By on July 29, 2014

Tesla Model S Test Drive At The Panasonic Center Tokyo

It’s almost official: Panasonic and Tesla will enter into a basic agreement where the former will supply the latter with battery-production machines for the automaker’s up-and-coming Gigafactory.

Reuters reports the deal — which will be officially announced by the end of this month — comes with a price tag of ¥20 billion – ¥30 billion ($196.4 million – $294.7 million USD) paid to Tesla by Panasonic.

The battery maker, which wants to be the sole entity under the roof of the as-yet-to-be-located factory, will invest $1 billion overall into the ambitious project, estimated to cost $5 billion in total investment.

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3 Comments on “Panasonic, Tesla Enter Into Production Equipment Agreement...”


  • avatar
    redav

    This is a confusing post.

    Panasonic will provide Tesla with equipment *and* pay them? So, Tesla isn’t buying the equipment, or is the equipment part of the value of Panasonic’s investment? And how does the payment fit into Panasonic’s $1B share of the gigafactory’s investment?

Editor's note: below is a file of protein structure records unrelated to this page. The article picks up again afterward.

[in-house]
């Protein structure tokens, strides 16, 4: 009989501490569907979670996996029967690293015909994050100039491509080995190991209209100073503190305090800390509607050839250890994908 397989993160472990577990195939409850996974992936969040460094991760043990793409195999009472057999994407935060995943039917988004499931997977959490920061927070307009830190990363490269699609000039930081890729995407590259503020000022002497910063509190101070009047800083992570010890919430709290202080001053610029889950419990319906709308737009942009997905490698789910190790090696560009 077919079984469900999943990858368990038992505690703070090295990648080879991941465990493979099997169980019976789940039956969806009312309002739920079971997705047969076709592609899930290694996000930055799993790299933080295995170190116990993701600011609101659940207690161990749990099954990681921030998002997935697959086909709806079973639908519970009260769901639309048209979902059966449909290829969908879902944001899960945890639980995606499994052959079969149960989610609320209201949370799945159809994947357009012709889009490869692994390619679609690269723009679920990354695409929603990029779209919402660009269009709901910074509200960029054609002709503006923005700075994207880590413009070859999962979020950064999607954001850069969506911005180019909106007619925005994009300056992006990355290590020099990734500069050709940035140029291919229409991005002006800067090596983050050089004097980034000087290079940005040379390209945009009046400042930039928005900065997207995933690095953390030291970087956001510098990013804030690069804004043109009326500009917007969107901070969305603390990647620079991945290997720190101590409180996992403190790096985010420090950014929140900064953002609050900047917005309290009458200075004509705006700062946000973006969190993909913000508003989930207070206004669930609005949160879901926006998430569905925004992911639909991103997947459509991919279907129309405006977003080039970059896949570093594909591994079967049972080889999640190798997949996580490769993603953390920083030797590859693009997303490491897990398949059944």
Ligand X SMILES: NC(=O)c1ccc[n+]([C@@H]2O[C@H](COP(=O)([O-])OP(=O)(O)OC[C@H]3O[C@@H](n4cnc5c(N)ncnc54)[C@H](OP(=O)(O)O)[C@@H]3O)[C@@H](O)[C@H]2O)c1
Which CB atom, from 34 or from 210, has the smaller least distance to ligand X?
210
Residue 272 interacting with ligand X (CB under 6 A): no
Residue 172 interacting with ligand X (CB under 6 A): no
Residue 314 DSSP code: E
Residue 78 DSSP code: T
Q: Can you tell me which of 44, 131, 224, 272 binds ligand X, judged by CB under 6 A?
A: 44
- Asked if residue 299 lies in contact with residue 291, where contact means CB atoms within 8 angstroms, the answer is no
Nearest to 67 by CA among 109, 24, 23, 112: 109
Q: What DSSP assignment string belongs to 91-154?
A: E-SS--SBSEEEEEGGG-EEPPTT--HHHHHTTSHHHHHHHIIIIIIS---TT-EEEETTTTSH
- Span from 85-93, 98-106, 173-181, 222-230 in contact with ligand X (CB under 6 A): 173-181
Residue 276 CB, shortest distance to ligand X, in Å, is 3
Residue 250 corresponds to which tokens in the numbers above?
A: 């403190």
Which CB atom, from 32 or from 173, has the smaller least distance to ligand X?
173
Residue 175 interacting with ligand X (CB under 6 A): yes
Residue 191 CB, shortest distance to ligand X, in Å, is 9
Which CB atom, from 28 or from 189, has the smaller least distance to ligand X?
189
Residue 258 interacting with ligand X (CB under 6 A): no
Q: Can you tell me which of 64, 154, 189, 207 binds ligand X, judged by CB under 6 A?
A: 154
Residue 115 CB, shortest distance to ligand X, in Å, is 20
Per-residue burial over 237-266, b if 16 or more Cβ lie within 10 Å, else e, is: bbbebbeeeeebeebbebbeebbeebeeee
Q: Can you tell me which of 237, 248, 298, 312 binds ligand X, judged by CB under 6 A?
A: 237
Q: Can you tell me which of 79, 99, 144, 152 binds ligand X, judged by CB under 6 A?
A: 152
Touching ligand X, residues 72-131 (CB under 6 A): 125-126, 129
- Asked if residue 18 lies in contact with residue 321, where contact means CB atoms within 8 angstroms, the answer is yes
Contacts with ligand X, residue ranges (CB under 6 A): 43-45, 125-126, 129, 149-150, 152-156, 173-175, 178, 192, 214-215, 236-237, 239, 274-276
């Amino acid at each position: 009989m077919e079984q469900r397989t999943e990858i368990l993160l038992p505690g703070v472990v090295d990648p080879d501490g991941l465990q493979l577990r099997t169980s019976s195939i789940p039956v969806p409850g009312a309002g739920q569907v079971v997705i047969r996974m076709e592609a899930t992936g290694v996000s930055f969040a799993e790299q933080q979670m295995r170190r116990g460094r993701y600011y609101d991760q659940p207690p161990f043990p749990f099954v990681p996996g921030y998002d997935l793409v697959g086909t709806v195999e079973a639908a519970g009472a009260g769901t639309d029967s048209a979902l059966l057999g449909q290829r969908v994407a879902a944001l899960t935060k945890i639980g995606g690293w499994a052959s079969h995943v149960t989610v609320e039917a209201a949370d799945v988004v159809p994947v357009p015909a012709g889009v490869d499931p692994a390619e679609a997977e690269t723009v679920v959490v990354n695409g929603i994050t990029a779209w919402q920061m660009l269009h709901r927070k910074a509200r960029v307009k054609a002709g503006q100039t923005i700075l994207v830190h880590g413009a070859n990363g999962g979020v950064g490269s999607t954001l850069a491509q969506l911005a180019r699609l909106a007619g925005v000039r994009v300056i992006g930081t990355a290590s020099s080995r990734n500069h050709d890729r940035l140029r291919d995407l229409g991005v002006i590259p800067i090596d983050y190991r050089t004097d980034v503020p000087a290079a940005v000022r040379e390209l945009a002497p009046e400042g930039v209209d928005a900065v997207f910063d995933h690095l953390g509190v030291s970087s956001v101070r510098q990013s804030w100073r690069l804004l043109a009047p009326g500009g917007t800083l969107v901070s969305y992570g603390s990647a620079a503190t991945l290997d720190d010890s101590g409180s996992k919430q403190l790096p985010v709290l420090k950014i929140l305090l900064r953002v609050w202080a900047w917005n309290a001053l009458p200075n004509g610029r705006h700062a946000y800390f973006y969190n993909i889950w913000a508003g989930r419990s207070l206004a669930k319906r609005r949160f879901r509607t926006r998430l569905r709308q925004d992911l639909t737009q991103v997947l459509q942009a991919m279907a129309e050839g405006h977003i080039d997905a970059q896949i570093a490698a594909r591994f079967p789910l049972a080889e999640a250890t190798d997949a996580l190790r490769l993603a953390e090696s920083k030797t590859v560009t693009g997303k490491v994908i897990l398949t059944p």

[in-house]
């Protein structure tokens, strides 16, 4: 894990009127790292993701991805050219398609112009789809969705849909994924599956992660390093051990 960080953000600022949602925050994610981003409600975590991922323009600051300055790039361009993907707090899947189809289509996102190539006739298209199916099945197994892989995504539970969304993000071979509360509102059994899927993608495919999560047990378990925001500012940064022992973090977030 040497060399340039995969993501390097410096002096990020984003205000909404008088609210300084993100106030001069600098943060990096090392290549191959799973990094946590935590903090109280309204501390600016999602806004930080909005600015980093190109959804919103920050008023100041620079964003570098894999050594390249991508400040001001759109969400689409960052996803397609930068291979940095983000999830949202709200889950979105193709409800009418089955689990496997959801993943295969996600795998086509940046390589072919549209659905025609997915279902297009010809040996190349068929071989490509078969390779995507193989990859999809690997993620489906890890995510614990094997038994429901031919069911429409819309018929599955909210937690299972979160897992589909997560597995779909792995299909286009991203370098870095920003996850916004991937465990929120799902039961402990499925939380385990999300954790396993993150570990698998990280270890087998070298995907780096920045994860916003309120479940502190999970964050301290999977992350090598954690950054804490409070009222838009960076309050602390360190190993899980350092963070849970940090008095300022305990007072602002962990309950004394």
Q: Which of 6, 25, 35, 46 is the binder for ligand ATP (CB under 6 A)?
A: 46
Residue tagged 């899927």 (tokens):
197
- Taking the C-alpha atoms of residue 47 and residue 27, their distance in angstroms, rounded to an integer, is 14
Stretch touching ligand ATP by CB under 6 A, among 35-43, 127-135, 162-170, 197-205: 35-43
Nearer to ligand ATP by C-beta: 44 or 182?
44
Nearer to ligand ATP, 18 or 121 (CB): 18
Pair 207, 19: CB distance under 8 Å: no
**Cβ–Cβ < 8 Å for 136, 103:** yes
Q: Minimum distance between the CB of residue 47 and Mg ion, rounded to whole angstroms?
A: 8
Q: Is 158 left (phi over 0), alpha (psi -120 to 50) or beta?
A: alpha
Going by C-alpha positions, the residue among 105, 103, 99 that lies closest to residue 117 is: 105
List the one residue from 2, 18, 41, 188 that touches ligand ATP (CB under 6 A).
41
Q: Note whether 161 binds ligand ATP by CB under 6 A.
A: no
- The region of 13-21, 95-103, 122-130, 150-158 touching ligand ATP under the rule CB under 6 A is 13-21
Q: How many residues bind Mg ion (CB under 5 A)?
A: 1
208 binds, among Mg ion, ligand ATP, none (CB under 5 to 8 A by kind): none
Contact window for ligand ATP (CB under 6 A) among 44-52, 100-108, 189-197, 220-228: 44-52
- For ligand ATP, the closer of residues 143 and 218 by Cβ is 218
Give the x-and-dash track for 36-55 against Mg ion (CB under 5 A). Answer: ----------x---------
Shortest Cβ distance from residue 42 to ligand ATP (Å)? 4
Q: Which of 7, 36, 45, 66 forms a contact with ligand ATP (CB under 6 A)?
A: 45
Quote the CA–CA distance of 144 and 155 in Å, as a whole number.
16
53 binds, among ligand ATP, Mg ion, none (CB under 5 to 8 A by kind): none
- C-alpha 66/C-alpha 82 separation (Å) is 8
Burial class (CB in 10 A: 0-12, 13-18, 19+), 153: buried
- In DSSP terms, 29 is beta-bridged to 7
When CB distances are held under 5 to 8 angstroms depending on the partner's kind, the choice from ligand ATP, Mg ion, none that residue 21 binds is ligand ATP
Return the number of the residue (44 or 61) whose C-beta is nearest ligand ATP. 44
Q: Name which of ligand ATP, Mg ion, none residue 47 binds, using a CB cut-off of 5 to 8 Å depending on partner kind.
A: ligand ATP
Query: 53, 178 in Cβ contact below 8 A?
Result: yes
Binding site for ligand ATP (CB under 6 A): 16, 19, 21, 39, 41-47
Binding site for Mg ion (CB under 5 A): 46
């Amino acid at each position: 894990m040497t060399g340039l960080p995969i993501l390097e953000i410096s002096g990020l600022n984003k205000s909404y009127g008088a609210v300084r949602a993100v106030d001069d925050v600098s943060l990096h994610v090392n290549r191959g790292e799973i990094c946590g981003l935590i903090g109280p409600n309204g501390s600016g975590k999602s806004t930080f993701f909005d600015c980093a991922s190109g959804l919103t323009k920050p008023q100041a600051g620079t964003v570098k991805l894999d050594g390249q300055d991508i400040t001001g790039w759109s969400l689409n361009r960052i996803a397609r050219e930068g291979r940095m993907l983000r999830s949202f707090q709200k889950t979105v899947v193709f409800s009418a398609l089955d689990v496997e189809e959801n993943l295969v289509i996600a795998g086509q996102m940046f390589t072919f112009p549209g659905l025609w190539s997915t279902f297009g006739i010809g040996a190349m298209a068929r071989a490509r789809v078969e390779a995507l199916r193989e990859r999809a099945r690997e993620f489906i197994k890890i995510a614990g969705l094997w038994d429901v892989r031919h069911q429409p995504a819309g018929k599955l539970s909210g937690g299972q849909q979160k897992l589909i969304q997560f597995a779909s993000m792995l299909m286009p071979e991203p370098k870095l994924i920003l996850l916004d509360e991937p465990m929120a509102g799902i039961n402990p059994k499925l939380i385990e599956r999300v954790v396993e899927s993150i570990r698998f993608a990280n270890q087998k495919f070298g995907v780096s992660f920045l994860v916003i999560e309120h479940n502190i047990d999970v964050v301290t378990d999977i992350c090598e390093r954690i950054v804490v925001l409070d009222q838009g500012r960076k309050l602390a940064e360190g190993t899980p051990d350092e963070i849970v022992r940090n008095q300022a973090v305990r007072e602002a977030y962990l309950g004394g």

Who is the “battery maker” in the article? (Tesla, because they are going into the battery-making business, or Panasonic, because they make equipment to make batteries?) Is Tesla hiring Panasonic to make batteries in their gigafactory, or are they just a supplier?

    • 0 avatar
      Vulpine

      As I understand it, Panasonic wants to be the sole “outside” beneficiary of Tesla’s battery plant–all output to carry either the Tesla or Panasonic brands and no other. For this kind of exclusivity where one plant is projected to output as many or more batteries than all other sources combined, Panasonic would gain a huge advantage over their competition for almost all non-automotive battery packs and probably most automotive packs as well. In essence, any brand currently using Panasonic batteries would effectively be using Tesla batteries under the Panasonic brand. A possible huge financial windfall for Panasonic.

    • 0 avatar
      Luke42

      Yeah, I was left wondering if the Gigafactory is a joint venture where both Tesla and Panasonic own stock in “Gigafactory, Inc”? Or maybe Panasonic is swapping factory machinery and support for Tesla stock? Some statements in the article raise the question, but leaves the observant reader hanging.

      Perhaps another article on the corporate arcana behind the deal is in order?

      Or maybe pch101 will explain the whole thing in one terse-but-informative paragraph. :-)


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